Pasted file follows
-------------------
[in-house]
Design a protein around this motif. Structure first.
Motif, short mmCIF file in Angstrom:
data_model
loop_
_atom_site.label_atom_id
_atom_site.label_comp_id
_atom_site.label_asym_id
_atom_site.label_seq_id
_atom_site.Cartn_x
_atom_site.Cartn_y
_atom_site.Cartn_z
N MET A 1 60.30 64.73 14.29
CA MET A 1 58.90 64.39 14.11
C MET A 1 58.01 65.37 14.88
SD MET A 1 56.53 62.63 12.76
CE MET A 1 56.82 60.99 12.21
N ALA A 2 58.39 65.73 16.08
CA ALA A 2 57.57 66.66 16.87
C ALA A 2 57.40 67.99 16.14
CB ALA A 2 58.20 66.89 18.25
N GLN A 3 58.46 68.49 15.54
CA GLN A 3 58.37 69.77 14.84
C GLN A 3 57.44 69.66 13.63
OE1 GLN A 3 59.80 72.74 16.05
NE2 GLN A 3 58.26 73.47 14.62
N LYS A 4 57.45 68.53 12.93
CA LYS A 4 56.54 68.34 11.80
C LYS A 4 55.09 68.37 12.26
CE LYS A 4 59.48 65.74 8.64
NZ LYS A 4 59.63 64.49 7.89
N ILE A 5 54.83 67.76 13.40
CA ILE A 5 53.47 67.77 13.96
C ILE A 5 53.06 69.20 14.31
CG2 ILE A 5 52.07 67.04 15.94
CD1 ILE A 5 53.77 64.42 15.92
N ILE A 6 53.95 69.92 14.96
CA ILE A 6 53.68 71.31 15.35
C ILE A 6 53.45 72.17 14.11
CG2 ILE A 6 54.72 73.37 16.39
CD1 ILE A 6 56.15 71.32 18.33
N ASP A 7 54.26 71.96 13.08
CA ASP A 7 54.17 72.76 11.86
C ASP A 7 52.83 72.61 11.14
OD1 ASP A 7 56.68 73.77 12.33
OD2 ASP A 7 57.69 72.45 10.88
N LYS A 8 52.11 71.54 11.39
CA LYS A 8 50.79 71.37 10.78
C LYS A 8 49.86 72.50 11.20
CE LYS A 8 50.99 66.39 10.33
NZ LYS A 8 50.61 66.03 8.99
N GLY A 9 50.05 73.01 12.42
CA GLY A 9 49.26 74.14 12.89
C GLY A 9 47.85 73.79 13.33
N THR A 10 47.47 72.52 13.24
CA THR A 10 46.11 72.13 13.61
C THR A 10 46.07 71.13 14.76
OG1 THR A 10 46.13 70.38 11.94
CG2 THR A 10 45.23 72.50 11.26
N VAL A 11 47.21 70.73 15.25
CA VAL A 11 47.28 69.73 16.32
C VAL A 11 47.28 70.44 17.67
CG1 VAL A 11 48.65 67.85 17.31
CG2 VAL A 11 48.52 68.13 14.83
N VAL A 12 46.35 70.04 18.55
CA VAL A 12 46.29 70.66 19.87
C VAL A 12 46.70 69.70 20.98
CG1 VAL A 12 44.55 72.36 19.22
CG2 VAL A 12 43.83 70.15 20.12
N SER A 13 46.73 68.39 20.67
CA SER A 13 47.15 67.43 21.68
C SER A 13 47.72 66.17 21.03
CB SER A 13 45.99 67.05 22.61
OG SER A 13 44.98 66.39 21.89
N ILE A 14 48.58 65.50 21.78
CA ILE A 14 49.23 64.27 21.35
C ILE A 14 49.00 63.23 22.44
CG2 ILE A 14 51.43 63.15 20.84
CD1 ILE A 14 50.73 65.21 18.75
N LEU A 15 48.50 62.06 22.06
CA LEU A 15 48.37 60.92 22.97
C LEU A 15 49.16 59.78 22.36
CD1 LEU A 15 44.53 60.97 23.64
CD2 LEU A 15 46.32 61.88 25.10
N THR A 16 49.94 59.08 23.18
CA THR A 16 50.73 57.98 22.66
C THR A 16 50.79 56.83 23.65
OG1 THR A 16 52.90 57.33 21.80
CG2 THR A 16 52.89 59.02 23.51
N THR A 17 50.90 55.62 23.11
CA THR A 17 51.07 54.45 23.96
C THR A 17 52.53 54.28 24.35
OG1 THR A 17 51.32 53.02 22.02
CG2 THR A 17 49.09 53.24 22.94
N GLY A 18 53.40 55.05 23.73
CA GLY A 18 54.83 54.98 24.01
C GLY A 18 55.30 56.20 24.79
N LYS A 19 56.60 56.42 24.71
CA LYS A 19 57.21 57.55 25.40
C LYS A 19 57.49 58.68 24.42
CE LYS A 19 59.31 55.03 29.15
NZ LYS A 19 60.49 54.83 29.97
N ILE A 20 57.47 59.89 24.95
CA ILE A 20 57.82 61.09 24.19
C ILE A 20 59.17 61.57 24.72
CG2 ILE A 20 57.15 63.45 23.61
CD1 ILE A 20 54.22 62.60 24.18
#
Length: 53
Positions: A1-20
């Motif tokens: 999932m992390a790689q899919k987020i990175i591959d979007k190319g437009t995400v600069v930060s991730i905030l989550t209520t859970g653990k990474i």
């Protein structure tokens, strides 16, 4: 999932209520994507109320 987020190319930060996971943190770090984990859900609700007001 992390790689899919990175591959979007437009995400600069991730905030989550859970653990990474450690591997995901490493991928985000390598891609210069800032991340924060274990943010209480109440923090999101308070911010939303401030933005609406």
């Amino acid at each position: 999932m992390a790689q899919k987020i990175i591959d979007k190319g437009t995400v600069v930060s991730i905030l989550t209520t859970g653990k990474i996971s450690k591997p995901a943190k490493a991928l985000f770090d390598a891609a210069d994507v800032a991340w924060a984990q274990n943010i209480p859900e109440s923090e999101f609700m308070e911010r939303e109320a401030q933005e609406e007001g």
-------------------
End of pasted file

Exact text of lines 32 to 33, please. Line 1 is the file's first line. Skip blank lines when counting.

N ILE A 5 54.83 67.76 13.40
CA ILE A 5 53.47 67.77 13.96